- Is this a strategic partner? How do potential fintech partners support the defined strategic plan, helping banks achieve their business goals? Banks need to identify partners whose primary offerings and solutions most closely align with their prioritized projects and ask partners to clearly document paths to completion, including robust training and implementation programs.
- Does the tech meet regulatory expectations? Good tech is compliant tech. Potential partners should provide a compliance-centric solution that easily integrates into or enhances a bank’s existing compliant processes. Chief Compliance Officers should be part of the vetting process, and fintech providers should demonstrate a willingness to collaborate with banks’ internal compliance teams and organizational values rooted in compliance.
- Can they demonstrate high-quality data capture, management and reporting capabilities? Does the fintech provider offer a data-rich solution setting the foundation for other emerging technologies, such as augmented intelligence and machine learning? Is all captured data easily accessible? Potential partners should have high-quality, audit-ready data with reporting flexibility. And, when it comes to data, seeing is believing. Partners should willingly show their data integrations and provide evidence of all stated data-capture capabilities. It’s the bank’s data – partners should be able to demonstrate banks can access the entire data set at all times.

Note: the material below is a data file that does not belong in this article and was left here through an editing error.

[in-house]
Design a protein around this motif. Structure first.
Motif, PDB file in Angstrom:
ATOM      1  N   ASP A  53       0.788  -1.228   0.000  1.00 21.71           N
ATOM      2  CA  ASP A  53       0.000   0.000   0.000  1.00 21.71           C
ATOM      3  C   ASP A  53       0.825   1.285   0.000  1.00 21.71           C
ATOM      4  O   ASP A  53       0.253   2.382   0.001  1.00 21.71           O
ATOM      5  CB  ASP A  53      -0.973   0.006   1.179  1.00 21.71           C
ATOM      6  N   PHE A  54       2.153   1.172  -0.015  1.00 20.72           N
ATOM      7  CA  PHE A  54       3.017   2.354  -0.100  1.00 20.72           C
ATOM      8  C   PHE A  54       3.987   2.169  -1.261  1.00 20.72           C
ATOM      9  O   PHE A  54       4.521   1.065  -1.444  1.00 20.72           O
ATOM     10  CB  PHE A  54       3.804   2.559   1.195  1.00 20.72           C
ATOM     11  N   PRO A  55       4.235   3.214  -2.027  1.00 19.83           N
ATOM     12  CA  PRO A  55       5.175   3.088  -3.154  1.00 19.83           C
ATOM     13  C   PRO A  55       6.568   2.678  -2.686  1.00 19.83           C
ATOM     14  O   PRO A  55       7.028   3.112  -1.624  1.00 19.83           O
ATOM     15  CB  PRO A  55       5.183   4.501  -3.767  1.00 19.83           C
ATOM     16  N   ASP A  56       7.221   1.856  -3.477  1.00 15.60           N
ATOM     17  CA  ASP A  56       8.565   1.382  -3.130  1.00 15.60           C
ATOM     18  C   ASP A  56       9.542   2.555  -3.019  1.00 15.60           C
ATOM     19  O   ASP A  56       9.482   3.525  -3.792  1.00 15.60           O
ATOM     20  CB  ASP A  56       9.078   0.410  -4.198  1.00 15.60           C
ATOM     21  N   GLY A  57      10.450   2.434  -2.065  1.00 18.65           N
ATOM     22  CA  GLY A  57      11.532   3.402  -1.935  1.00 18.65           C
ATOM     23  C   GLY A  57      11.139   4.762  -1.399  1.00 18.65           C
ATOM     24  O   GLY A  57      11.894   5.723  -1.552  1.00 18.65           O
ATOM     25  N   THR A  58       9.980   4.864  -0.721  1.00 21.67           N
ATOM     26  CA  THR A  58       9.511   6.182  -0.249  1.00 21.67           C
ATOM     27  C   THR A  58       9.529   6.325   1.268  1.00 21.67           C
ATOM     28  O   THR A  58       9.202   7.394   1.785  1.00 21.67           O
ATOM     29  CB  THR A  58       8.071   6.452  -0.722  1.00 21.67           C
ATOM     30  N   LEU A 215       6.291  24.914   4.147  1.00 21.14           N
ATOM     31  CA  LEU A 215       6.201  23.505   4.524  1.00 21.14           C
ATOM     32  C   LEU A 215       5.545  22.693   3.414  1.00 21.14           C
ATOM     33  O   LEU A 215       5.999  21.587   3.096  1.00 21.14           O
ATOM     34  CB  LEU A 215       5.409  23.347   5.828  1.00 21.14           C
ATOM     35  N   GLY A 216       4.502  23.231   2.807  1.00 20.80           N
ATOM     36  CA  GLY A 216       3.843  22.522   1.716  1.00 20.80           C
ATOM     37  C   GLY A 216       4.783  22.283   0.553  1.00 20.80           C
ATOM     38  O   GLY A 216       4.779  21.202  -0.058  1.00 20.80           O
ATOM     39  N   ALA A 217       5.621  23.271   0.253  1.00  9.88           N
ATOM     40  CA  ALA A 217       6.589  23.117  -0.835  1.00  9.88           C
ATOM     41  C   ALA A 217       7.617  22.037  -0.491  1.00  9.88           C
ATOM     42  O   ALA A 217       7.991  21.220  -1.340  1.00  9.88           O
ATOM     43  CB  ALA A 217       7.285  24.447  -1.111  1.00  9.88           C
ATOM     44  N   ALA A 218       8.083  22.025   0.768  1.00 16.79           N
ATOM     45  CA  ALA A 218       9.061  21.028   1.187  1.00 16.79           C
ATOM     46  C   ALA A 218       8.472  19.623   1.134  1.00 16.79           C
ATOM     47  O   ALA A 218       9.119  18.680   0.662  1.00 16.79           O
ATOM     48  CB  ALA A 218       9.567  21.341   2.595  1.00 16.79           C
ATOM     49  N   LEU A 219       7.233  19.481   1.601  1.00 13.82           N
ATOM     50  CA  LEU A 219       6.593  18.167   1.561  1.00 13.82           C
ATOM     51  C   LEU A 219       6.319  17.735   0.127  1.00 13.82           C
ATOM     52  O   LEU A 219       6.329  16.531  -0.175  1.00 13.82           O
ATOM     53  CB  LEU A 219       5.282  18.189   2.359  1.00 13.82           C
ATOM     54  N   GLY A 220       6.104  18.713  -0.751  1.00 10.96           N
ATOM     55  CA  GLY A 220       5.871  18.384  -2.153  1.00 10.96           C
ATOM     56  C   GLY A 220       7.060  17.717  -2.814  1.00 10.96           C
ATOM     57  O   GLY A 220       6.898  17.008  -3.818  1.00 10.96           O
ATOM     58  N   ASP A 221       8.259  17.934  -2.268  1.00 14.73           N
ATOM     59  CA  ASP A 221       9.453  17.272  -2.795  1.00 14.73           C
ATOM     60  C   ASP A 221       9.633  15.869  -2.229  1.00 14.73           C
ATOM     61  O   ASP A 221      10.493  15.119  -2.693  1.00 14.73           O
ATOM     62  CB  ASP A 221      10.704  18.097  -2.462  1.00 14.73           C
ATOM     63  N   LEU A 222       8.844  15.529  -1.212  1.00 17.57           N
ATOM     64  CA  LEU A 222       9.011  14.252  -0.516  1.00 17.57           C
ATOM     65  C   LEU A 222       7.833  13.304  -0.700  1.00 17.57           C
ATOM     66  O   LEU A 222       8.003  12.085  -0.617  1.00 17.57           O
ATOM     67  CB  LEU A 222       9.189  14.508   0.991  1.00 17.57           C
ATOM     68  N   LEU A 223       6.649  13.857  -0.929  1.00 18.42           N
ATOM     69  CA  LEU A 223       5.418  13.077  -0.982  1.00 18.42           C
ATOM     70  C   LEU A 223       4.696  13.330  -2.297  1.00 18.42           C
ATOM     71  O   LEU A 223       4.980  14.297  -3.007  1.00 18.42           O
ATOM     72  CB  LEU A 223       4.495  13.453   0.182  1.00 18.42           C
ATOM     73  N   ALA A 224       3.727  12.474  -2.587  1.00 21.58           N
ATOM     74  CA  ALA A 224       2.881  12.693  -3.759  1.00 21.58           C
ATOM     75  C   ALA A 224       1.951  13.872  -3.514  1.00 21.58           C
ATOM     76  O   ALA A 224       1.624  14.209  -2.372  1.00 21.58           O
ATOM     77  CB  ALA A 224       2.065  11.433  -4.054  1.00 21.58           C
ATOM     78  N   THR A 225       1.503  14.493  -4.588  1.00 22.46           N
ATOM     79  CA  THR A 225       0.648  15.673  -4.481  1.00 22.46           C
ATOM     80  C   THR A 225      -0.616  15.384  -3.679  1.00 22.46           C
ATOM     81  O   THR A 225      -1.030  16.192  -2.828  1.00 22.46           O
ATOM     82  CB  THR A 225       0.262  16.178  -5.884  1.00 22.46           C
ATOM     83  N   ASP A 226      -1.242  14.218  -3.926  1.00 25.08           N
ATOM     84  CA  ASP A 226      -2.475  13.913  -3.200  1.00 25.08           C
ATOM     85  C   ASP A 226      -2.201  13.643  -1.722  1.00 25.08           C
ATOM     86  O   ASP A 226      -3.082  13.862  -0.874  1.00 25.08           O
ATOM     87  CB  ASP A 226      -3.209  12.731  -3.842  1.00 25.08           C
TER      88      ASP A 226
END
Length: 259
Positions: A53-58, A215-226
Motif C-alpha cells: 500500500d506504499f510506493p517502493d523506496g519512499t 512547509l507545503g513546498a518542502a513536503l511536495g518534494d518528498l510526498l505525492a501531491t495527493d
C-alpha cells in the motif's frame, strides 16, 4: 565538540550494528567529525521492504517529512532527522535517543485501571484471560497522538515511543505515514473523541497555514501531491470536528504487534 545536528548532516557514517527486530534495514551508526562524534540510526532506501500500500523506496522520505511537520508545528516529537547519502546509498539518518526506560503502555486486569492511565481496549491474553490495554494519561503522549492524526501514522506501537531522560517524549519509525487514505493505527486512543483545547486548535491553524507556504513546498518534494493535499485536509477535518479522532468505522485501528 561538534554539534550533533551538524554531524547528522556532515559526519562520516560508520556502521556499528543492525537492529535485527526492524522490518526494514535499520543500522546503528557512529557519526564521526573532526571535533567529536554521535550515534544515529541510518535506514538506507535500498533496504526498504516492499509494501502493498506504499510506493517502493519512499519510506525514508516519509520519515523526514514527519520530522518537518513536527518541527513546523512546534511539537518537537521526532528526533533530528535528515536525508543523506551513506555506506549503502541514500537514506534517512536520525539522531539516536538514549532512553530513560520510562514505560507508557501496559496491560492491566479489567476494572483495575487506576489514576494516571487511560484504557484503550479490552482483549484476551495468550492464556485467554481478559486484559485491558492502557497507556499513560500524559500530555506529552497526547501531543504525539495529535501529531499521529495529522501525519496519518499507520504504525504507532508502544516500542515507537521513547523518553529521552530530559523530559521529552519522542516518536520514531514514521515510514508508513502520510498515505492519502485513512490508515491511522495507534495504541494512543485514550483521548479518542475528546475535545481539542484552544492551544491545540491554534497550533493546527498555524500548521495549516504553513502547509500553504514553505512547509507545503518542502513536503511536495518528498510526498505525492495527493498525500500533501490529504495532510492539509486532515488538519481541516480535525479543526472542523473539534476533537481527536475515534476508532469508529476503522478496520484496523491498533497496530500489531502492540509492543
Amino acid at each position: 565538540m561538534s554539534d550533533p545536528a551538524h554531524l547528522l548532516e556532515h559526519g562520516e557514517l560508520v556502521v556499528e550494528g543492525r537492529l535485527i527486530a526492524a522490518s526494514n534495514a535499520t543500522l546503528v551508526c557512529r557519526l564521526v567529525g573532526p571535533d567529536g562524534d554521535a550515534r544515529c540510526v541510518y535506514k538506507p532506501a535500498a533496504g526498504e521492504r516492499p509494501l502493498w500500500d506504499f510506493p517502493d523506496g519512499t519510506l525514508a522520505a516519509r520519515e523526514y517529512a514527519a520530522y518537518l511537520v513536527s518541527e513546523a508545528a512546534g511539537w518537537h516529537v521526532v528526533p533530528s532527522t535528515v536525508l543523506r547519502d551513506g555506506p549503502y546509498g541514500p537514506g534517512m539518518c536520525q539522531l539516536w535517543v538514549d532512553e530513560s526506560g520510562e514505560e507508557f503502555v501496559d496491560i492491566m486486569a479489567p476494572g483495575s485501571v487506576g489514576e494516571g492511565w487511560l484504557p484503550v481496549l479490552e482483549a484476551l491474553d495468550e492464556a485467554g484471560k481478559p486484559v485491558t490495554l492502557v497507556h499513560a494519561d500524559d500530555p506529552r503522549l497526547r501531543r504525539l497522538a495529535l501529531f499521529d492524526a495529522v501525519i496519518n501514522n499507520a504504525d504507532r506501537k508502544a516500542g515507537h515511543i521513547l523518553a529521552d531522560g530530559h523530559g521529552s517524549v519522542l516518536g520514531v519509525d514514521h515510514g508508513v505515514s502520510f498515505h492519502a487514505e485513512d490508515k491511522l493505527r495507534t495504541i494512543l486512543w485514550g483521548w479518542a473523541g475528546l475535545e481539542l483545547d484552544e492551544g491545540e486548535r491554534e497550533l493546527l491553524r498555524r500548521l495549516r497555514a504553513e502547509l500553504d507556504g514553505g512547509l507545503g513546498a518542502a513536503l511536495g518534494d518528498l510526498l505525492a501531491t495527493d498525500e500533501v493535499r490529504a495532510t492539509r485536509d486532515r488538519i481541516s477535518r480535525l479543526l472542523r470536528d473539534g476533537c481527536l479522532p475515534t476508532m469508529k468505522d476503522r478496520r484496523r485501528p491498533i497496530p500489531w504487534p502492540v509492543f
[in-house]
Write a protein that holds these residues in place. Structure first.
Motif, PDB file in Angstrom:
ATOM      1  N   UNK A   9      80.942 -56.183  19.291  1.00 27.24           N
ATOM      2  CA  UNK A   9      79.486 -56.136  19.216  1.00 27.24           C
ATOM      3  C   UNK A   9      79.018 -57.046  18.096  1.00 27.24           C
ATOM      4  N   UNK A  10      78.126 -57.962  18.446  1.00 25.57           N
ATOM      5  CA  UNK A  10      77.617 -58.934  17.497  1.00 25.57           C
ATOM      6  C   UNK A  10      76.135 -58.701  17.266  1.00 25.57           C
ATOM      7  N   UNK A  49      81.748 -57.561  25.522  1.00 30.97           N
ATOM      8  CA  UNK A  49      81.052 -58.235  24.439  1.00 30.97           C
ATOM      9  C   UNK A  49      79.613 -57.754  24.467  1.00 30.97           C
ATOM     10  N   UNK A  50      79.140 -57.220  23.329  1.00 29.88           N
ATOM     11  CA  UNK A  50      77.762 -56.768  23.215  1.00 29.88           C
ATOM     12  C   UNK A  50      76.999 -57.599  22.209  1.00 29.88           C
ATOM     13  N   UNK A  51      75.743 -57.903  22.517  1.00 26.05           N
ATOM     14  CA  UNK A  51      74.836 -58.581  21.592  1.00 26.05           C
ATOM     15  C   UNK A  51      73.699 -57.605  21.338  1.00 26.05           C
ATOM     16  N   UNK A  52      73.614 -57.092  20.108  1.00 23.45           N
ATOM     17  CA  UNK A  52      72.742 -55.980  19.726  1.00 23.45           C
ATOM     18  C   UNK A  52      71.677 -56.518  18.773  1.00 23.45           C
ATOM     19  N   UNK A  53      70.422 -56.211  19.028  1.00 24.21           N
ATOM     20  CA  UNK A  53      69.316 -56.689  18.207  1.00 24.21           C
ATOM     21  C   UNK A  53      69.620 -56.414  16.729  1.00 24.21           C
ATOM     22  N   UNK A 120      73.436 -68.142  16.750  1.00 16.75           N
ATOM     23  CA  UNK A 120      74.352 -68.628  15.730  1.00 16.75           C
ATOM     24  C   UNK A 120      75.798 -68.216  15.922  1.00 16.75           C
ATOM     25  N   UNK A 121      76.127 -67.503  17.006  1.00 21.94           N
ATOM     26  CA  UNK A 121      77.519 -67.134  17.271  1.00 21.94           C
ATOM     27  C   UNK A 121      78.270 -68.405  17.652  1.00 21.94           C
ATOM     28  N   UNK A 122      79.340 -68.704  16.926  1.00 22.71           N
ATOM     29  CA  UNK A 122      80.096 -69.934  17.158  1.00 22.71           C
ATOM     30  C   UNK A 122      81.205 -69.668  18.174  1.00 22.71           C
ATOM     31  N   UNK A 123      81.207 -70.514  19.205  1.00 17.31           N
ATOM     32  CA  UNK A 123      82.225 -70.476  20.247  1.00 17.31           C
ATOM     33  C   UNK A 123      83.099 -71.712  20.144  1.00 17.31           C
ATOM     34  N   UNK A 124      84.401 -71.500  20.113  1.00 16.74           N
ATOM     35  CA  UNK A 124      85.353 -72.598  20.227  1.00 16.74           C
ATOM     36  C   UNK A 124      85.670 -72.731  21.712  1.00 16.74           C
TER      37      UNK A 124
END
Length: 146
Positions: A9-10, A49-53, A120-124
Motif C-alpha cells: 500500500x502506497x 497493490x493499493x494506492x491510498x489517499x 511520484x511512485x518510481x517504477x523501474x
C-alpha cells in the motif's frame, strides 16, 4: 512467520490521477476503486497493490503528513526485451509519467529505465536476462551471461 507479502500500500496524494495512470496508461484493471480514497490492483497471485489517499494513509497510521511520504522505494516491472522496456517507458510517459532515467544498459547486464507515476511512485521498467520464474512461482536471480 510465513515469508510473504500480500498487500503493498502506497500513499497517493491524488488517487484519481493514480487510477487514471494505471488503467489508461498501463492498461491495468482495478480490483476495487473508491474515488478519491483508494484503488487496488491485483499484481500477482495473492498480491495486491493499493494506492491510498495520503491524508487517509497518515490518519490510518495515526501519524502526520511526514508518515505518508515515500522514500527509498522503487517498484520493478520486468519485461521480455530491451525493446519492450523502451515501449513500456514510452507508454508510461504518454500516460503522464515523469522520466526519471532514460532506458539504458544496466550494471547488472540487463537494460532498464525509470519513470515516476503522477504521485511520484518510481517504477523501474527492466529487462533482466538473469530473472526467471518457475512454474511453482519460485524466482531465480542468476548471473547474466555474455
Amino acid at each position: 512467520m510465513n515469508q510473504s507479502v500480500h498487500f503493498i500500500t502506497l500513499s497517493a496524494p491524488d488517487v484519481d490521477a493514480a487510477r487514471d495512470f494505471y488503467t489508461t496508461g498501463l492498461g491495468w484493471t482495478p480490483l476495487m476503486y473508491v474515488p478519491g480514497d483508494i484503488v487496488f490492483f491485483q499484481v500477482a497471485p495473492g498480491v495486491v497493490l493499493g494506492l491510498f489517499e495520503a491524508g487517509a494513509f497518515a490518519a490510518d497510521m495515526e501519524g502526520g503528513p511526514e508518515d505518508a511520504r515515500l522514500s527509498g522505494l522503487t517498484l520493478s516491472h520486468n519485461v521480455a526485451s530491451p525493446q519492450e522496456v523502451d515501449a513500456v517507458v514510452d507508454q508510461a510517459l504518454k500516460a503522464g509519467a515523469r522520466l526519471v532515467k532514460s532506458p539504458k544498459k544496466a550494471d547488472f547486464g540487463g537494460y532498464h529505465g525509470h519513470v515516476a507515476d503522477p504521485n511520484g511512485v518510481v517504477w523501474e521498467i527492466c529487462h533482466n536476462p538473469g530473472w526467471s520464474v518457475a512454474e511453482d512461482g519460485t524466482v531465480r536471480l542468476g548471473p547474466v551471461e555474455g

- Prepare the entire organization Digital transformation requires a cultural shift. Changing technology and process without first addressing the workforce will result in a struggle to maintain any forward momentum. To truly enable a successful digital transformation, banks should be prepared to bring the entire organization along from the beginning. From leadership to front-line employees, banks need to encourage the company-wide involvement and transparent work environment necessary for widespread tech adoption.